Pesticide levels in soft drinks too high
The new study indicates pesticides 24 times higher than Bureau of Indian Standards norms.
“The levels in some samples exceeded the BIS standards by 140 times for the deadly pesticide Lindane, a confirmed carcinogen” “Heptachlor, banned in India, was found in 71 percent of the samples, at levels four times higher than BIS standards”
The Centre for Science and Environment (CSE) on Wednesday came out with a new report on the levels of pesticides in soft drinks available in the market.
The report indicated the presence of an average of three to five different pesticides in all the samples, 24 times higher than the Bureau of Indian Standards (BIS) norms, which have been finalized but not yet notified.
The latest CSE study is based on tests conducted on 57 samples of 11 soft drink brands from 25 different manufacturing plants of Coca-Cola and Pepsico, spread over 12 States.
The levels in some samples, for instance, Coca-Cola bought in Kolkata exceeded the BIS standards by 140 times for the deadly pesticide Lindane, a confirmed carcinogen.
Similarly, a Coca-Cola sample manufactured in Thane contained 200 times more of the neurotoxin, Chlorpyrifos, than the BIS standard, said Sunita Narain of CSE releasing the report here.
Three years after the center released its first findings on pesticide residue in soft drinks, the new study shows that nothing much has changed and soft drinks remain unsafe and unhealthy. Even the directions given by the Joint Parliamentary Committee have been disregarded: standards for safety have been finalized but blocked because of opposition by the companies, Ms. Narain alleged.
In 2003, the average level of pesticide residue in samples from Delhi was 34 times above the same BIS standard, but this time the CSE has found pesticide residue as high as 52 times in bottles brought in Kolkata and 42 times in bottles bought in Nainital and Gorakhpur. Similarly, bottles bought in Mumbai, manufactured in Thane and Nagpur, allegedly had residue 34 times above the BIS standard.
Heptachlor, banned in India, was allegedly found in 71 percent of the samples, at levels four times higher than BIS standards.
The average amount of pesticide residue found in all the samples was 11.85 parts per billion (ppb) or 24 times higher than the BIS standards for total pesticides in soft drinks (0.5 ppb). Pepsi Cola contained 30 times higher residue on an average, while Coca-Cola contained 27 times higher than average.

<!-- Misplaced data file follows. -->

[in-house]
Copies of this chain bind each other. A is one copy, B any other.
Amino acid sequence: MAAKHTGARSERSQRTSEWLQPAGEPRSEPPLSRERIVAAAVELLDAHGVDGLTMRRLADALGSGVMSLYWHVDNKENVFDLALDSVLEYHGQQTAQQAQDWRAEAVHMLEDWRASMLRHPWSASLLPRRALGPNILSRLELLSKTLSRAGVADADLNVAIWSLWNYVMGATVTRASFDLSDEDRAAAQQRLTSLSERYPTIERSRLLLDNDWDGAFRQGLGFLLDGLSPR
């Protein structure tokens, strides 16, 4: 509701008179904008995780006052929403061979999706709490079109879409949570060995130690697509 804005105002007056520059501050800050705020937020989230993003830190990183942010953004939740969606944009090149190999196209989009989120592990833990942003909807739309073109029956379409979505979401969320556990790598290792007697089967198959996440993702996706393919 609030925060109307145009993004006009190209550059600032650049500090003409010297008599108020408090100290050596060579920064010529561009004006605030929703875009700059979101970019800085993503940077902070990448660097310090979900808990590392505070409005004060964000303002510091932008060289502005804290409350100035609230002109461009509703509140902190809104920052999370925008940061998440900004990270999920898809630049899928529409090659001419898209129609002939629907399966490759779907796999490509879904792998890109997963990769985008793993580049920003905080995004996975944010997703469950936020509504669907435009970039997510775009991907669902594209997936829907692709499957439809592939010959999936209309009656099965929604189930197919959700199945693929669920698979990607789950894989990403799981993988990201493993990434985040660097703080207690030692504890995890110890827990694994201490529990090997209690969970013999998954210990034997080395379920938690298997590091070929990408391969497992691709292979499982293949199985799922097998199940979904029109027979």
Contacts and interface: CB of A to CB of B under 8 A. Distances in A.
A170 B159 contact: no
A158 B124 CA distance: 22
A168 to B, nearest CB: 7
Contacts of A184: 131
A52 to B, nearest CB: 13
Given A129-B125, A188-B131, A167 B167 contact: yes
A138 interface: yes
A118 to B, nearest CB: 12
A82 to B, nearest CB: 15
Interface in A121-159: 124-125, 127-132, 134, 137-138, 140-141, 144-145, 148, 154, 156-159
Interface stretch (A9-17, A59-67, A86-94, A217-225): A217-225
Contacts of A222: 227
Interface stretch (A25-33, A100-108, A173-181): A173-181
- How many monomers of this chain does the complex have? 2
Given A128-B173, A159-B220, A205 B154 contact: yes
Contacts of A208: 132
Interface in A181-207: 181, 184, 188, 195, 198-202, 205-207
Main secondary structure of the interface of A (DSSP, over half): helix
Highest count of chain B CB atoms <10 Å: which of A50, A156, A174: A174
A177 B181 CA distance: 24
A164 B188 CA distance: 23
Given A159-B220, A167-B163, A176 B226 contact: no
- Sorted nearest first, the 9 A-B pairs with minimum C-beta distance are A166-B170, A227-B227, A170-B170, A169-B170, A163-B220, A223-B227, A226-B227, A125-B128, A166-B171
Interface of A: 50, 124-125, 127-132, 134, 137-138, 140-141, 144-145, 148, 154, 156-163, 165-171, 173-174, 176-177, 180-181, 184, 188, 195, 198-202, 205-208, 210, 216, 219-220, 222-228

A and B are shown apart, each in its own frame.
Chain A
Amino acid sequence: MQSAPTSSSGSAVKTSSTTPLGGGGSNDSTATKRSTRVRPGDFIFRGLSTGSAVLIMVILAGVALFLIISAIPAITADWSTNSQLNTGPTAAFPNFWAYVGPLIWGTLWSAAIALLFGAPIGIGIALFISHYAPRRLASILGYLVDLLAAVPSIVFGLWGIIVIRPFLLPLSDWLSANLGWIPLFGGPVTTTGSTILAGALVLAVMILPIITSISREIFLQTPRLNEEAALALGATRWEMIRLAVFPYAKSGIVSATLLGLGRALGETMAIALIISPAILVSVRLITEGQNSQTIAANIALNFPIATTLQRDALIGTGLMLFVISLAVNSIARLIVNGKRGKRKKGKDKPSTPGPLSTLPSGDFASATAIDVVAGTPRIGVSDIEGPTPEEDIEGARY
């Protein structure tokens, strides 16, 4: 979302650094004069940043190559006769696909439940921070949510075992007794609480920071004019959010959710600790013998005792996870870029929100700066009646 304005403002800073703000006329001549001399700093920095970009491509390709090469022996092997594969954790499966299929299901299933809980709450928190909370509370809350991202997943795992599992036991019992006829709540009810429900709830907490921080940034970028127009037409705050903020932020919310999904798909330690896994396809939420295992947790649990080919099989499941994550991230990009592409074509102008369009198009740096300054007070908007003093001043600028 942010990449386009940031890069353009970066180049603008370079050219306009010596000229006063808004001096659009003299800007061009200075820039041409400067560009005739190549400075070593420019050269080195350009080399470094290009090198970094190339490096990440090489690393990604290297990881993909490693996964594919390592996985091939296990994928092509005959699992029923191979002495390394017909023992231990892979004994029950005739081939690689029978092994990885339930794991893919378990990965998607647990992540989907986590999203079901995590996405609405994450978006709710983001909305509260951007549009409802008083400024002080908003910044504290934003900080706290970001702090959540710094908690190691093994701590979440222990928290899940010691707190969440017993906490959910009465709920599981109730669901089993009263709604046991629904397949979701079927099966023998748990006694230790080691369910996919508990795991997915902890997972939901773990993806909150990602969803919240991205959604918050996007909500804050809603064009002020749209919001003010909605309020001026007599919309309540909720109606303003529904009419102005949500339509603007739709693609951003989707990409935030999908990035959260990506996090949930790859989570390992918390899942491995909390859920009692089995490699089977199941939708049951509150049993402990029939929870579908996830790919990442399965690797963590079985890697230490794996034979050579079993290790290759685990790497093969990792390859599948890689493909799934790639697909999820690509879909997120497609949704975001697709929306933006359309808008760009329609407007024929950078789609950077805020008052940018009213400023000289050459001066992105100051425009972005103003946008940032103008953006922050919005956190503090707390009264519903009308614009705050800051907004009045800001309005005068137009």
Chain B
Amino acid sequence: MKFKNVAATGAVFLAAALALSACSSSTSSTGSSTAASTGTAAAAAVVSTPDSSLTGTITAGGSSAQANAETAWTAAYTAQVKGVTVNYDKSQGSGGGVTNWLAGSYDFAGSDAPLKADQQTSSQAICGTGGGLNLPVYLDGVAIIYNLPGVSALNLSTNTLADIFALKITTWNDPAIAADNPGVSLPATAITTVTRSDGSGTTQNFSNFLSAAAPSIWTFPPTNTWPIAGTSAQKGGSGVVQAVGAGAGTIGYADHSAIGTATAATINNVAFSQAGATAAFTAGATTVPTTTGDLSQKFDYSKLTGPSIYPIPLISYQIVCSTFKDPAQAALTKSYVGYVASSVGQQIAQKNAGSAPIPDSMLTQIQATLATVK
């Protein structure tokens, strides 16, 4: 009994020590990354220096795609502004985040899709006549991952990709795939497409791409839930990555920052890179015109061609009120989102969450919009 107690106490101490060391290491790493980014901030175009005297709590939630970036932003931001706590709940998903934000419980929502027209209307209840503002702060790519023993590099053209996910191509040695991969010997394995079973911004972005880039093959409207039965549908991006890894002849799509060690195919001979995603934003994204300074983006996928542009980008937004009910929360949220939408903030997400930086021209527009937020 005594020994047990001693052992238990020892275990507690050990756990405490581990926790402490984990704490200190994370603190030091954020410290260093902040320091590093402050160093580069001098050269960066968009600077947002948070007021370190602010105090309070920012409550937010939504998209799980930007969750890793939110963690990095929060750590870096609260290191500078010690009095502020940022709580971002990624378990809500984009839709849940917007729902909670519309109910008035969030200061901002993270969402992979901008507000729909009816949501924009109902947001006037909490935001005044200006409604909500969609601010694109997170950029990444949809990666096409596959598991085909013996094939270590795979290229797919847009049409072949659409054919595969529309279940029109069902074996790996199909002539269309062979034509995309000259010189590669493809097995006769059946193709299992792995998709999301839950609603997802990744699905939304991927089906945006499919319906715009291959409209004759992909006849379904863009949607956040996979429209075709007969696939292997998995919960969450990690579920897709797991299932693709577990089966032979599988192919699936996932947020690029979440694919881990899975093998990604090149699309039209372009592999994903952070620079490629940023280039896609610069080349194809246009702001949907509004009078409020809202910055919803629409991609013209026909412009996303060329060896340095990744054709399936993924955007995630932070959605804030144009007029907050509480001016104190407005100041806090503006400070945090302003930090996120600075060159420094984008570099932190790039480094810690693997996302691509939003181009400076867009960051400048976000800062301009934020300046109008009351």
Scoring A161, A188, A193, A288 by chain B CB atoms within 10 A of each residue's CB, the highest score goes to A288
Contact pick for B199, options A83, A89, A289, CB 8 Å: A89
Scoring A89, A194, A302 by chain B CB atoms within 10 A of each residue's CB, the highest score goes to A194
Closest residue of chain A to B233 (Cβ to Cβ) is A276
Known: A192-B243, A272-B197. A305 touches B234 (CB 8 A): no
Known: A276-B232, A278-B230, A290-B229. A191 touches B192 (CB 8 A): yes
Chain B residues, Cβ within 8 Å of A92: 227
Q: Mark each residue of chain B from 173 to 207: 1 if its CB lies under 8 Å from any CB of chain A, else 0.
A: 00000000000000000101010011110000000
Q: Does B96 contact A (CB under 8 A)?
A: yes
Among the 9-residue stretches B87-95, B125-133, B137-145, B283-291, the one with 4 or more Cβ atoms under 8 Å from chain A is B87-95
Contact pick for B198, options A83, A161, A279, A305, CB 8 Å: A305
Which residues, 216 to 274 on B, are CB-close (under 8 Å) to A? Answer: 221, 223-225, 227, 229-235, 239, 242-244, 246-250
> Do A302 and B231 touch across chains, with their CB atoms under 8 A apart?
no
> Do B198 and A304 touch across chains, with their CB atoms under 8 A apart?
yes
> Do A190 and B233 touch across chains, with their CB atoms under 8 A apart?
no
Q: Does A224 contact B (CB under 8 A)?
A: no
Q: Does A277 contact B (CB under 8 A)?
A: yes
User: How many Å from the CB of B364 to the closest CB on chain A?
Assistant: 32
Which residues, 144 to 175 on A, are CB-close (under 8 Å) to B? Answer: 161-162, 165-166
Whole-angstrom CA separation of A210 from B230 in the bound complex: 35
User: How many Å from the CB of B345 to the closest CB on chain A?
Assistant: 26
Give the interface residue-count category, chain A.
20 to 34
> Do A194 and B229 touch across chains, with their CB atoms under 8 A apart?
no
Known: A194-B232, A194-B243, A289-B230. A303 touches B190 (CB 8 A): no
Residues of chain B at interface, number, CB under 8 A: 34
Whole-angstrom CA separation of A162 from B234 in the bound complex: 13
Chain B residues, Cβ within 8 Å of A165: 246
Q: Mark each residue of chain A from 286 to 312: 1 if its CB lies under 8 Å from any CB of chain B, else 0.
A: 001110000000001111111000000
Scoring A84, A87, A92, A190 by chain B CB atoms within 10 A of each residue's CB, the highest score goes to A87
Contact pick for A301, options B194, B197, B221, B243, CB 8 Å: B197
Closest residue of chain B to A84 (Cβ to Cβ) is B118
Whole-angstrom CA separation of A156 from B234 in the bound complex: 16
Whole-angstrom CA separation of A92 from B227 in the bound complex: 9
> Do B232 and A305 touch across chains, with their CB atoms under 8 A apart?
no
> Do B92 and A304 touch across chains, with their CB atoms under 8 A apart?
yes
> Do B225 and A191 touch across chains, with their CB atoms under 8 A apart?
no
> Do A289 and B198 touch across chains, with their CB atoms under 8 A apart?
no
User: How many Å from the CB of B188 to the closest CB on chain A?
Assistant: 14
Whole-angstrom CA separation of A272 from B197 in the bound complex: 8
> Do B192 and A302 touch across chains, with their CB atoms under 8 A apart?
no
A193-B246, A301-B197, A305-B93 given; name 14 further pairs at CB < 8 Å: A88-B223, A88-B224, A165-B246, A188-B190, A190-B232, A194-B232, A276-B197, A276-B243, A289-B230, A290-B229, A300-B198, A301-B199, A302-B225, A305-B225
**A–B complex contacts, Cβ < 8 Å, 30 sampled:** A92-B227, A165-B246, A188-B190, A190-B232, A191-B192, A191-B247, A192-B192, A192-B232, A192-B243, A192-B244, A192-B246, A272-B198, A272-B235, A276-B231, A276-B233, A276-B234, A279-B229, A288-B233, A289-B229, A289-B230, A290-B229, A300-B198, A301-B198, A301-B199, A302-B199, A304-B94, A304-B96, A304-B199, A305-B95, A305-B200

Endorsed by JPC
The current study was conducted by the same Pollution Monitoring Laboratory of CSE that had tested the samples in 2003, and the methodology was endorsed by the JPC despite doubts raised by the cola companies over the veracity of the tests. This time further improvements had been made, and the laboratory now had ISO 9001:2000 quality management system accreditation and it was equipped with state-of-the-art GS-MS equipment, Ms. Narain said.
In February 2004, confirming the unsafe levels of pesticides in soft drinks, the JPC had directed the Government to set standards for these residues in the products. Since then, BIS has, in its sectional committee, met over 20 times to deliberate on the standards, and in October 2005 the standards were finalized.
Ms. Narain alleged that the final standards were being opposed by the Union Health and Family Welfare Ministry on the ground that more research needed to be done. In this respect, she quoted a letter written by the Union Health Secretary to his counterpart in the Ministry of Consumer Affairs. The letter was written on March 29, 2006, the day the standards were to be formally finalized. The standards were finalized, but not notified, Ms. Narain said.